Like the top of triumphal columns were impossible for beholders to read, the Wave Pillar ends with a vagueness: does it bring together the sky and sea – a vertical figure that constitutes a horizontal line? Or does the Wave pillar end like the historical symbol of a colonne brisée – a broken column that reminds us of human perishability and the end of time? Maybe the capital blew off because of increased winds? A new reality that’s been recorded (Copernicus) in northern Europe due to the unpredictable weather caused by the climate crisis.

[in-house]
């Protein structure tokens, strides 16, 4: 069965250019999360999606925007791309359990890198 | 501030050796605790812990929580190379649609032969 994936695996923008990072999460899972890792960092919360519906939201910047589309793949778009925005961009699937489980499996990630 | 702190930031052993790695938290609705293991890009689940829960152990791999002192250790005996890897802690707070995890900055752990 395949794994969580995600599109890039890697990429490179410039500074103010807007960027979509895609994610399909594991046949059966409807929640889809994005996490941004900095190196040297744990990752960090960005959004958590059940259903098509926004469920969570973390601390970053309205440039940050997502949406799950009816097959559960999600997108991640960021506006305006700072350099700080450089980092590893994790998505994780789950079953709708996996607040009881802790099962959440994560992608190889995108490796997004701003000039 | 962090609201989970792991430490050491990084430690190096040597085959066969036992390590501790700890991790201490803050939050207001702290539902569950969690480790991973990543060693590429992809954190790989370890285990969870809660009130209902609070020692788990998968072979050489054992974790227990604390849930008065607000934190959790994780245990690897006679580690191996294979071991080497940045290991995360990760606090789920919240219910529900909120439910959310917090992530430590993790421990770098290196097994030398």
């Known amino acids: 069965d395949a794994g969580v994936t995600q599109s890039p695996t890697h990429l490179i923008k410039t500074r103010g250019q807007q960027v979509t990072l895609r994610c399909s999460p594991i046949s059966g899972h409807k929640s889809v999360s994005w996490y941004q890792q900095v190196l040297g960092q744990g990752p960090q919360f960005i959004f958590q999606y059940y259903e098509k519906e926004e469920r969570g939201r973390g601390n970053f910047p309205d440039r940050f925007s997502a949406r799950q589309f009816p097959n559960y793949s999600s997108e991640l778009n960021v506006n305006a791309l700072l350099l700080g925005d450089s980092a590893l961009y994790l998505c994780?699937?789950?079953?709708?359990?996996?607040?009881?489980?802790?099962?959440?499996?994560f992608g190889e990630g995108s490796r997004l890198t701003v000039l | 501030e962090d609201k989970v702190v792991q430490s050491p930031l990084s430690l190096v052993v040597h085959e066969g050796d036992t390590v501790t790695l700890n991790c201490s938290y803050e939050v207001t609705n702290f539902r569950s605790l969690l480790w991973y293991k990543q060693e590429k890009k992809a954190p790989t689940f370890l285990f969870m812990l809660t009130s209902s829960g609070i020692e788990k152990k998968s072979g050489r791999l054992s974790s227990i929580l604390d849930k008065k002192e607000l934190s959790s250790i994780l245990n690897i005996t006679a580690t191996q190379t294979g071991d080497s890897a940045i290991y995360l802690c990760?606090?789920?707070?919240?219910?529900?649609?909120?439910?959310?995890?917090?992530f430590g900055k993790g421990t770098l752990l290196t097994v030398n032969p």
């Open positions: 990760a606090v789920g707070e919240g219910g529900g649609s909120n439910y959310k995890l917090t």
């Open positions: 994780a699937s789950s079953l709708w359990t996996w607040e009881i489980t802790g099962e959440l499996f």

At Helsingborg kajpromenad, The Wave Pillar also creates a dialogue with Carl Milles’ landmark statue sjöfartsgudinnan. While the symbol of the coastal city Helsingborg emphasises its history of navigation, trade, and need for luck at sea, the Wave Pillar thus commemorates the forces of sea and wind. Beyond the dramatised fashion of maritime 19th-century art, Bigert & Bergström’s sculpture invites the beholder to reflect upon the movement of water, wind, and climate in monumental form.
Text by Otto Ruin
Wave Pillar, 2022 hammered stainless steel 800 x 140 cm x 87 cm
Drawings, Sketches and Installation